How can a blind climber ‘see’? Will a machine ever outsmart the human mind? Is the internet making us more intelligent, or more stupid? David Eagleman, ‘rock star’ of neuroscience, has dedicated his life to finding the answers

It ought to be quite intimidating, talking to David Eagleman. He is one of the world’s leading neuroscientists, after all, known for his work on time perception, synaesthesia and the use of neurology in criminal justice. But as anyone who has read his best-selling books or listened to his TED talks online will know, he has a gift for communicating complicated ideas in an accessible and friendly way — Brian Cox with an American accent.

He lives in Houston, Texas, with his wife and their two-month-old baby. When we Skype each other, he is sitting in a book-lined study and he doesn’t look as if his nights are being too disturbed by mewling. No bags under his eyes. In fact, with his sideburns and black polo shirt he looks much younger than his 41 years, positively boyish. His enthusiasm for his subject is boyish, too, as he warns me, he “speaks fast”.
He sure does. And he waves his arms around. We are talking about the minute calibrations and almost instantaneous assessments the brain makes when members of the opposite sex meet, one of many brain-related subjects covered in his book Incognito: The Secret Lives of the Brain, which is about to be published in paperback.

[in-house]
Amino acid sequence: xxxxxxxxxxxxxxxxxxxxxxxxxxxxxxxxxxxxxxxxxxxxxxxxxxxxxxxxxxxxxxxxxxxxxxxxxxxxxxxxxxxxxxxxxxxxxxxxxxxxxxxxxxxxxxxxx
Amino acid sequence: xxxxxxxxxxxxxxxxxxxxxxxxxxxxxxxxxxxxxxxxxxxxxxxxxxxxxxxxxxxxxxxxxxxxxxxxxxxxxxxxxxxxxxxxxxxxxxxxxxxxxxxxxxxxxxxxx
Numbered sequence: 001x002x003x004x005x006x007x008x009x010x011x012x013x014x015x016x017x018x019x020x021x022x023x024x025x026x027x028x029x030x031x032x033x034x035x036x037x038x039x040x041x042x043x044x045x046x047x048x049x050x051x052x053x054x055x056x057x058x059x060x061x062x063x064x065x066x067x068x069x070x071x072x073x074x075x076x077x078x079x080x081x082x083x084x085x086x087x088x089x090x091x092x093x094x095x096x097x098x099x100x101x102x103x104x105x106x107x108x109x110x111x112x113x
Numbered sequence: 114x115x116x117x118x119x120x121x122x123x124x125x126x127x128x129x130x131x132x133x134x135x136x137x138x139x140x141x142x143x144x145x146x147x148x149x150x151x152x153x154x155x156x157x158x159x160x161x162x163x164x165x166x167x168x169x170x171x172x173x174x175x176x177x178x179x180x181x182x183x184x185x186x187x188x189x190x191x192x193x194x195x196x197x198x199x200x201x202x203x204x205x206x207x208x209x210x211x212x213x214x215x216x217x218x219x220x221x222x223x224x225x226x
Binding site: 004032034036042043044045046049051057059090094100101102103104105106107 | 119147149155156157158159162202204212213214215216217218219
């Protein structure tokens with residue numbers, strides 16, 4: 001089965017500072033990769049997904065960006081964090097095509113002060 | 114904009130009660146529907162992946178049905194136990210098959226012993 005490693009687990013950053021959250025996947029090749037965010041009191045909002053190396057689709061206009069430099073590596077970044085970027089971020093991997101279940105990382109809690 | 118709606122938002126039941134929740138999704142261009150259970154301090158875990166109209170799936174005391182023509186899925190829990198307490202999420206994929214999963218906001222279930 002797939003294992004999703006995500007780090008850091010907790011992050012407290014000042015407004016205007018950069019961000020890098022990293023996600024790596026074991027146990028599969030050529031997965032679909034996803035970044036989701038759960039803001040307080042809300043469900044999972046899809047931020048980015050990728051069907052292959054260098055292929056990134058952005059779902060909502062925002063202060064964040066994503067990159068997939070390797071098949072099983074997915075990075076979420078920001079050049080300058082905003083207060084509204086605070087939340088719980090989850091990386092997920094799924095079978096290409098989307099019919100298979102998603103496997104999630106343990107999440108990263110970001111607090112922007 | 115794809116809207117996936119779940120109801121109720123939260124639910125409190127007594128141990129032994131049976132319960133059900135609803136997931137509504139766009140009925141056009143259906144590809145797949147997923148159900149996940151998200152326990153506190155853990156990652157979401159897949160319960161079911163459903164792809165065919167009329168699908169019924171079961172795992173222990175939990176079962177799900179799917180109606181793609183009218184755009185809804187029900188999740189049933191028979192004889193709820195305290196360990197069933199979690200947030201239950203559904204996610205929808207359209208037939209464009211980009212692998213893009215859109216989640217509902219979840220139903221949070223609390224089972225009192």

“Men are consistently more attracted to women with dilated eyes,” he says. “Because that corresponds with sexual excitement.”
Still, I say, not exactly a romantic discovery, is it? How does this theory go down with his wife? “Well she’s a neuroscientist like me so we joke about it all the time, like when I grow a beard. Women will always say they don’t like beards, but when you do the study it turns out they do, and the reason is it’s a secondary sex characteristic that indicates sexual development, the thing that separates the men from the boys.”
Indeed, according to Eagleman, we mostly run on unconscious autopilot. Our neural systems have been carved by natural selection to solve problems that were faced by our ancestors. Which brings me to another of his books, Why The Net Matters. As the father of children who spend a great deal of their time on the internet, I want to know if he thinks it is changing their brains.
“It certainly is,” he says, “especially in the way we seek information. When we were growing up it was all about ‘just in case’ information, the Battle of Hastings and so on. Now it is ‘just in time’ learning, where a kid looks something up online if he needs to know about it. This means kids today are becoming less good at memorising, but in other ways their method of learning is superior to ours because it targets neurotransmitters in the brain, ones that are related to curiosity, emotional salience and interactivity. So I think there might be some real advantages to where this is going. Kids are becoming faster at searching for information. When you or I read, our eyes scan down the page, but for a Generation-Y kid, their eyes will have a different set of movements, top, then side, then bottom and that is the layout of webpages.”
In many ways Eagleman’s current status as “the poster boy of science’s most fashionable field” (as the neuroscientist was described in a recent New Yorker profile) seems entirely apt given his own upbringing. His mother was a biology teacher, his father a psychiatrist who was often called upon to evaluate insanity pleas. Yet Eagleman says he wasn’t drawn to any of this. “Growing up, I didn’t see my career path coming at all, because in tenth grade I always found biology gross, dissecting rats and frogs. But in college I started reading about the brain and then I found myself consuming anything I could on the subject. I became hooked.”